- Temporarily Out of Stock
- Amalfi - Megami no Hoshu (DVD) (Standard Edition) (Japan Version) DVD Region 2
- Out of Print
- Amalfi - Megami no Hoshu Begins Set (Blu-ray) (Japan Version) Blu-ray Region A
- Out of Print
- Amalfi - Megami no Hoshu Begins Set (DVD) (Japan Version) DVD Region 2
- Out of Print
- Amalfi - Megami no Hoshu Complete Edition (DVD) (First Press Limited Edition) (Japan Version) DVD Region 2
- Out of Print
Customers who bought "Amalfi (DVD) (English Subtitled) (Taiwan Version)" also bought
- Daikaiju Mono (DVD) (Special Priced Edition) (Japan Version) US$19.99
- The Hidden Fortress: The Last Princess (DVD) (English Subtitled) (Hong Kong Version) US$14.49
- Villon's Wife (2009) (DVD) (English Subtitled) (Hong Kong Version) US$10.99
Customers who bought videos directed by Nishitani Hiroshi also bought videos by these directors:
YumCha! Asian Entertainment Reviews and Features
Editor's Pick of "Amalfi (DVD) (English Subtitled) (Taiwan Version)"
See all this editor's picks
April 28, 2010
Just how much money did Fuji TV put into Amalfi? Enough to shoot the entire movie on location in Italy. Enough to fly Ito Atsushi and Otsuka Nene to Rome just to eat lunch, act scared, and shoot indoor scenes that could have easily been done in Japan. Enough to fly Fukuyama Masaharu to Rome for three shots. Enough to fly Toda Erika to Rome to run around as the cute tagalong intern whose character has no bearing on the story whatsoever. Enough to have Sarah Brightman (really? Sarah Brightman?) show up for a song just for the heck of it. And the actors who actually matter for the movie's plot aren't too shabby either.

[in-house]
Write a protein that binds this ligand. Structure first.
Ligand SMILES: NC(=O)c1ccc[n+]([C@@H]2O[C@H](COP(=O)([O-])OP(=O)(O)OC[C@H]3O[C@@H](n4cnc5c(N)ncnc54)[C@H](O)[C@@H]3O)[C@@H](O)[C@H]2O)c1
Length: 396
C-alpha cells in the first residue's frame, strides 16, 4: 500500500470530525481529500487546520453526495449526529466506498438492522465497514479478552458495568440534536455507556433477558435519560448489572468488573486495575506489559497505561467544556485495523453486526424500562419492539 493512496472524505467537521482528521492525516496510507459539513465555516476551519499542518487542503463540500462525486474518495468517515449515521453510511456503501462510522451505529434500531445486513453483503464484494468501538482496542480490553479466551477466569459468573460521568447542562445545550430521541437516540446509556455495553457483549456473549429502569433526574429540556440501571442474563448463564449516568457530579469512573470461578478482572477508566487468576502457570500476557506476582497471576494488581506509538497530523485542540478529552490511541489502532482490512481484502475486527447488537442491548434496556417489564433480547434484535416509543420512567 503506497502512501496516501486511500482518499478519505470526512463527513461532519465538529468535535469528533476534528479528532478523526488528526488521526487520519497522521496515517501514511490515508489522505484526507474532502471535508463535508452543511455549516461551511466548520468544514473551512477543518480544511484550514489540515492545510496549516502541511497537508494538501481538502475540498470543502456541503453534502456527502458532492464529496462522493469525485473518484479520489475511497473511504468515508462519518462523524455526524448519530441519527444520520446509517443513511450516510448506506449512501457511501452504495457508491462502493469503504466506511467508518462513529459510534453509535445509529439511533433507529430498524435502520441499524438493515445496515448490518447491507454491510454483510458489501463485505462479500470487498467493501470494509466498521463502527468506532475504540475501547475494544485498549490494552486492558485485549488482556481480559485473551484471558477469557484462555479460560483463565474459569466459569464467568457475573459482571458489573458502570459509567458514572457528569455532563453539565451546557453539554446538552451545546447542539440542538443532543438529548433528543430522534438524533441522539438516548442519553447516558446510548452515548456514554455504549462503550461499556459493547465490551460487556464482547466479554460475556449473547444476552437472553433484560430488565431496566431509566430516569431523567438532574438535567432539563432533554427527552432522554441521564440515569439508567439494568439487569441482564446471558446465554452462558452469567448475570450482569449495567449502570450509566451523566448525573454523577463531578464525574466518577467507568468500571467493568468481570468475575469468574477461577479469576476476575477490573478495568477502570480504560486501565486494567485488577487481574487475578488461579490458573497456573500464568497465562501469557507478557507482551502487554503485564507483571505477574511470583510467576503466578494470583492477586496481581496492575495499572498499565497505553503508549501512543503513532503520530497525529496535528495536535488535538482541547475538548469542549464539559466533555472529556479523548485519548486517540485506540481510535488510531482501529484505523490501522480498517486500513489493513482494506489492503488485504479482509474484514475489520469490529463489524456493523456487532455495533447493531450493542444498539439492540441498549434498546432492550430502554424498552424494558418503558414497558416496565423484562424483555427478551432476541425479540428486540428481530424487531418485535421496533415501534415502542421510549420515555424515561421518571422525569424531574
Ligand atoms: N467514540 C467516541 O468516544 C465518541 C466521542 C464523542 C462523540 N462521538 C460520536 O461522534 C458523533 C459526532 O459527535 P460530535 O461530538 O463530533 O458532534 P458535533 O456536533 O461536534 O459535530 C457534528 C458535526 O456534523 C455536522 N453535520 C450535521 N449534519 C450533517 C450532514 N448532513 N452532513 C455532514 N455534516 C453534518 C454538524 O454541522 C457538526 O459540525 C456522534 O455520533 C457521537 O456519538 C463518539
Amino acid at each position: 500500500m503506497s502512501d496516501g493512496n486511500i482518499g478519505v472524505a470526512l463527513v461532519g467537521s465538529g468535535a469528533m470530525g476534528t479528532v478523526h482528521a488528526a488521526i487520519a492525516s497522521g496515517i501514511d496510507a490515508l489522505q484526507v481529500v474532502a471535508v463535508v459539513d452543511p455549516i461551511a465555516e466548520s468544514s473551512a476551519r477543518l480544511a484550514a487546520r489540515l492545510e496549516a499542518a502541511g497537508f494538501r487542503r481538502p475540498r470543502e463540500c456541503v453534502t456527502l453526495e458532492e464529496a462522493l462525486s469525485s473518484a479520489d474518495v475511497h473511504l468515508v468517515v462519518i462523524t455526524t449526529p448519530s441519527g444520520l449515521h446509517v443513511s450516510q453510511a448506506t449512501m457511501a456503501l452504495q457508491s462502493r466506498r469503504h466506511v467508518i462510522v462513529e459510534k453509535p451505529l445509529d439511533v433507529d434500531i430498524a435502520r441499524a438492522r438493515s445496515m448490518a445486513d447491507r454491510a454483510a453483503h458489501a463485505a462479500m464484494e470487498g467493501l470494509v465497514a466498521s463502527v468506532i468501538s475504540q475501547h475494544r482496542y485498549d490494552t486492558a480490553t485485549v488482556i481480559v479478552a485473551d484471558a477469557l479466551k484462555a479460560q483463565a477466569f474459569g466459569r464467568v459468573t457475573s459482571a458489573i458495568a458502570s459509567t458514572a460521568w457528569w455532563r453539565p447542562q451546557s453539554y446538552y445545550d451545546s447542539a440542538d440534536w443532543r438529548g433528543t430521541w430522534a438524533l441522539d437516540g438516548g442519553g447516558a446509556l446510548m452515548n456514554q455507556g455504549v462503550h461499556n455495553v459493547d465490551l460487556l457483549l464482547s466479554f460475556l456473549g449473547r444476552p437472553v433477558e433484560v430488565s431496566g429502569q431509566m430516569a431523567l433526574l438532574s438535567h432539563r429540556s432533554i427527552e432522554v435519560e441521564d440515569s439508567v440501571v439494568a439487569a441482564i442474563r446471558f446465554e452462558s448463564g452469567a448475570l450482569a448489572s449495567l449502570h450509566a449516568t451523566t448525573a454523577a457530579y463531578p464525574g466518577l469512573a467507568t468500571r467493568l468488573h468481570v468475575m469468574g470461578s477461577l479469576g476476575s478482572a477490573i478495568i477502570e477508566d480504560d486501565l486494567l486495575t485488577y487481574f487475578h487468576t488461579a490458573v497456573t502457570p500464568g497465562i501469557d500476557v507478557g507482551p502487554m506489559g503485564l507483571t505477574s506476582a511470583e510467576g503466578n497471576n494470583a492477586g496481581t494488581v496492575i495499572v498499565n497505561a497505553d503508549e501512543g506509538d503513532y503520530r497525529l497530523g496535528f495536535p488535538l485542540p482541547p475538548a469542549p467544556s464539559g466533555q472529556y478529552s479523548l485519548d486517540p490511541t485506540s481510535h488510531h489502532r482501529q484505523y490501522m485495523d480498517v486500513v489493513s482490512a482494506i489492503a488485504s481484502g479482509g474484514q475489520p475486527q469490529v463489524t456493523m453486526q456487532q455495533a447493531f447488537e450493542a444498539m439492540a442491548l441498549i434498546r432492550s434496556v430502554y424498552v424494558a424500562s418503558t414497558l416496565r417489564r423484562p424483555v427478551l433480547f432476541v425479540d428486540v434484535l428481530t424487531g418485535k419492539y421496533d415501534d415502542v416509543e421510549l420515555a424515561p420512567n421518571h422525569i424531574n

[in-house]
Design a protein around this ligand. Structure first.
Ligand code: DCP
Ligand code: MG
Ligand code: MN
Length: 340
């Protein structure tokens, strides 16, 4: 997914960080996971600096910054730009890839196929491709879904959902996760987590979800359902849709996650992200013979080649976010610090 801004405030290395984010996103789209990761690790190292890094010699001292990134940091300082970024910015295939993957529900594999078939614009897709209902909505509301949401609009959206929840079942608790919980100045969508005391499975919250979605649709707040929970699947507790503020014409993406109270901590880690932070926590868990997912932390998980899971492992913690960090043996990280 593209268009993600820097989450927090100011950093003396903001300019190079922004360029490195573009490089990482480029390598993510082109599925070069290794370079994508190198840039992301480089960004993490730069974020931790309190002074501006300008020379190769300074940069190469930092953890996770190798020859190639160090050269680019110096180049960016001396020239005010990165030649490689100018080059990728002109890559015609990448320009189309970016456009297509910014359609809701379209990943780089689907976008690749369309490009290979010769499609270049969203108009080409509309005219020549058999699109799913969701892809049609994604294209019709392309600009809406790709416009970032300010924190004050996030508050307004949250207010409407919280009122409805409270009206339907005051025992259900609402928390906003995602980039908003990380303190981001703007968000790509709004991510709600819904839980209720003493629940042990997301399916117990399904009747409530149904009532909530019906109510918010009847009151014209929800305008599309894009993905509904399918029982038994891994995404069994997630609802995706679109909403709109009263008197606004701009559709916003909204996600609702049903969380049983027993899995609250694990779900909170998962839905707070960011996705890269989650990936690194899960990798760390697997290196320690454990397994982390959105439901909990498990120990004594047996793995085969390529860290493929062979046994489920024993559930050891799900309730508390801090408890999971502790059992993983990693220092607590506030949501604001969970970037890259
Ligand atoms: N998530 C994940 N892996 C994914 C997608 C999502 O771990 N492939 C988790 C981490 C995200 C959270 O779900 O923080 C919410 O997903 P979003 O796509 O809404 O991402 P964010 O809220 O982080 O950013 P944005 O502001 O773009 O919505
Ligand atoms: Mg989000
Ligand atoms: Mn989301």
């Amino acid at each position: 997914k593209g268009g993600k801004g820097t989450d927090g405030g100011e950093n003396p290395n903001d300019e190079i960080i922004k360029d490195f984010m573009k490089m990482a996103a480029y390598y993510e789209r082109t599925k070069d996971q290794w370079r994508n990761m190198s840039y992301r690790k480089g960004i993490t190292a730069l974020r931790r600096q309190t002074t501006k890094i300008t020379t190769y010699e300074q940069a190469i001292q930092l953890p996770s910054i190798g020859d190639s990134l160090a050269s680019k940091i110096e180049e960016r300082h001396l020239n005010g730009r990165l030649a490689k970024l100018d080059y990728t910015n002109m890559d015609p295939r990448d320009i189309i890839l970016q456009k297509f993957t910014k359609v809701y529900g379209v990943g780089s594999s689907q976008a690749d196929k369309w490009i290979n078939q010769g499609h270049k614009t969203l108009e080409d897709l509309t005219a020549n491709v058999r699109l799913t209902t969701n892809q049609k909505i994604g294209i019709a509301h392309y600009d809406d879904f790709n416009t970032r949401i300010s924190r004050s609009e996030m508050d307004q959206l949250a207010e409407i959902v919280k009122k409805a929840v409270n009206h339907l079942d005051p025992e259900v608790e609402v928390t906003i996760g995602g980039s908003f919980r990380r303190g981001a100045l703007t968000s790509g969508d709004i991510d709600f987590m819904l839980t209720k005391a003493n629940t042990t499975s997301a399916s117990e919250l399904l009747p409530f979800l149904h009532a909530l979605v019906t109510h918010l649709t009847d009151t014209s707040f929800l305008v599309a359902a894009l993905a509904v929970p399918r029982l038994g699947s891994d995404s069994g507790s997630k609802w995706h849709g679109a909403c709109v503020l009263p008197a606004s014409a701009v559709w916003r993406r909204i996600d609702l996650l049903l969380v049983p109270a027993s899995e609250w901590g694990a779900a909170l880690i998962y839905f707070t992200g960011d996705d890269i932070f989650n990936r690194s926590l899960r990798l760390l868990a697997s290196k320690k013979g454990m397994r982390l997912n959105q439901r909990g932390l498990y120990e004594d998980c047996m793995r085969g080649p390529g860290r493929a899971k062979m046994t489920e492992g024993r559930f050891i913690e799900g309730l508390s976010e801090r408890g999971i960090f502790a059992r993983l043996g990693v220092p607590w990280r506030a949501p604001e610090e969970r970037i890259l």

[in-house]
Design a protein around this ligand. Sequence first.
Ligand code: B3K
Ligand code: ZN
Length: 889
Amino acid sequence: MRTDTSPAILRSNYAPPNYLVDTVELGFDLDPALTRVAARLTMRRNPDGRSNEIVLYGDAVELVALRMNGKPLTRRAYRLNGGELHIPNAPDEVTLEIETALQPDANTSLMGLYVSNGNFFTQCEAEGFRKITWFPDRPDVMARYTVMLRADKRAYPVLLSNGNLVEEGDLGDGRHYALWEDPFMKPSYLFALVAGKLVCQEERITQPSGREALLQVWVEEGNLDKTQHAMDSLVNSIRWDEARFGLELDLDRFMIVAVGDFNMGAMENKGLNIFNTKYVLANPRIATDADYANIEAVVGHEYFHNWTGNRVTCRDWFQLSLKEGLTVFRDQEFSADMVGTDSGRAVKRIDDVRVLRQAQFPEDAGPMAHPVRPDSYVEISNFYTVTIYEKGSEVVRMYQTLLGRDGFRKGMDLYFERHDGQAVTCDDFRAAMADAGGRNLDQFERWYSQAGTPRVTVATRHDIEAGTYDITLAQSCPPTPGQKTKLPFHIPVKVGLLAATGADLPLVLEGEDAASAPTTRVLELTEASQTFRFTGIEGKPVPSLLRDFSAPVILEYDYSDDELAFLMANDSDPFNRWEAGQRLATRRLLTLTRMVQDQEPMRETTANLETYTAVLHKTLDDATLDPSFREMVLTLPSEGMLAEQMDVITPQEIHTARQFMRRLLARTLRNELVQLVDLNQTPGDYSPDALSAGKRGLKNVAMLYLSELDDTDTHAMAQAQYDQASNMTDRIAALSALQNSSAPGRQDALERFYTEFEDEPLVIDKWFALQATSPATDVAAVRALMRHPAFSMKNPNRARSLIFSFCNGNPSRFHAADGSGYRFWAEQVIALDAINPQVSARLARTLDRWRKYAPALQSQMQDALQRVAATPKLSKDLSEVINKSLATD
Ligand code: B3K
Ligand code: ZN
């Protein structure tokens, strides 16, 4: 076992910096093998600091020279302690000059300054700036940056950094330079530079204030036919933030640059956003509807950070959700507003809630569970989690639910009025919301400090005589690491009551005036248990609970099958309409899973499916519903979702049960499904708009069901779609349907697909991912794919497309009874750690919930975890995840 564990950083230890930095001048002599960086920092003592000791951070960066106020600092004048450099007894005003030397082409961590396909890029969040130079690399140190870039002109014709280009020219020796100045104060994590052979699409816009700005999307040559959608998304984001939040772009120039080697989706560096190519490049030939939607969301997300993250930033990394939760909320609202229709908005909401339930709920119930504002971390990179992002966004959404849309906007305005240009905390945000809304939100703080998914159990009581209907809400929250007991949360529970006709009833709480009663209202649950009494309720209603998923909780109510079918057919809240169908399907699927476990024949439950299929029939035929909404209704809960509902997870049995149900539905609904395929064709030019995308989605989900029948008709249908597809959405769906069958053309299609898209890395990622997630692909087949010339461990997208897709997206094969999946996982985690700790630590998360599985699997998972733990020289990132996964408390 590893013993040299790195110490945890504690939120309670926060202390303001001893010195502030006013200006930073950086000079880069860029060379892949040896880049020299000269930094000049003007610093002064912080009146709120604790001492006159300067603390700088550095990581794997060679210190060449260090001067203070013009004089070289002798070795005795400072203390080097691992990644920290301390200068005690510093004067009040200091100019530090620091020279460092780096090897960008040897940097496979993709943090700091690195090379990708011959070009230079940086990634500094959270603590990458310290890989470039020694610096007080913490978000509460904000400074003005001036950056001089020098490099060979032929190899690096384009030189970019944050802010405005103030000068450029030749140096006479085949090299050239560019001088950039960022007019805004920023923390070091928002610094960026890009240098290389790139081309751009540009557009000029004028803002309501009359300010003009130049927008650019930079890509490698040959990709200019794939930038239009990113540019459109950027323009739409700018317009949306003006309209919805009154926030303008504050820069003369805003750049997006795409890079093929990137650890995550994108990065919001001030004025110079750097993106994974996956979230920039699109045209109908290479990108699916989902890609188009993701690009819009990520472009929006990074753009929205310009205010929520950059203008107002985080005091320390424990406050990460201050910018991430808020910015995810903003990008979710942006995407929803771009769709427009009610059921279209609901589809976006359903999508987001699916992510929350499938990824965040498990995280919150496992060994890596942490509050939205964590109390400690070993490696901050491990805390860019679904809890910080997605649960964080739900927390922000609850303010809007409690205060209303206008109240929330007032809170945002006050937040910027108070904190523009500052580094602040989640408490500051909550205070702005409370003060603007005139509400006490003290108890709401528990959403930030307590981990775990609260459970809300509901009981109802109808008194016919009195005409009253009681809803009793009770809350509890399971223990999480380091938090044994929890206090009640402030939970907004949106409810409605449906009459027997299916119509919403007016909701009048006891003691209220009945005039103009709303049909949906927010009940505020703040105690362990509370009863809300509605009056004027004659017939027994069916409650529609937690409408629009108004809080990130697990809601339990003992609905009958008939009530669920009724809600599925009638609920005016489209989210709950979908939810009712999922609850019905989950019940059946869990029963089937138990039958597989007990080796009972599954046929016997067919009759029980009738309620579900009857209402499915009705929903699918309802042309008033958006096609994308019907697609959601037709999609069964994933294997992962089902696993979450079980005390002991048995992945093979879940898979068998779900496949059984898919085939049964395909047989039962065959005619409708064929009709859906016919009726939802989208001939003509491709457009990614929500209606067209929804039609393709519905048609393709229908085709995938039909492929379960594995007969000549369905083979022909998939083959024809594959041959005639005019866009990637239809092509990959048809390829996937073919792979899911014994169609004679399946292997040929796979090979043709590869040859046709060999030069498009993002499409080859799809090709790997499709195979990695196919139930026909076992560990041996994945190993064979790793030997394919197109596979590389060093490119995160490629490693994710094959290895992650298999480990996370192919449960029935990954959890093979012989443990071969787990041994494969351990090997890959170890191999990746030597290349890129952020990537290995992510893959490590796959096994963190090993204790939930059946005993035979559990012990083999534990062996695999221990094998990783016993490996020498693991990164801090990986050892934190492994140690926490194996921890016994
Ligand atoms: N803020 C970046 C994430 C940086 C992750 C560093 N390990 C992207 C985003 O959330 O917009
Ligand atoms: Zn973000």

Fuji TV went all out for their 50th anniversary production, and Amalfi lives up to its big budget with a big story about a too-cool-to-emote diplomat extraordinaire on a Dan Brownesque wild-goose chase in Europe. He shows up inept local authorities, flusters the embassy establishment, and goes Bond without breaking a sweat, all to crack a kidnapping case and unveil an unnecessarily complex conspiracy. At times like this, there's only one man for the job: Oda Yuji. There are better and better-looking actors out there, but no one drives home the been-there-done-that good-time-at-the-movies popcorn blockbuster quite like Oda Yuji.
The Fuji TV ace, looking tanner than ever, is nothing like his Bayside Shakedown persona this time around, trading in his impish smile for a deep monotone voice and no-nonsense character. Oda Yuji as an ultra-serious diplomat who saves the day while thumbing authorities and speaking Italian? Can this movie get any better? Yes, because Sato Koichi is also in it and Sato Koichi makes every movie better, as do car chases and mandolins.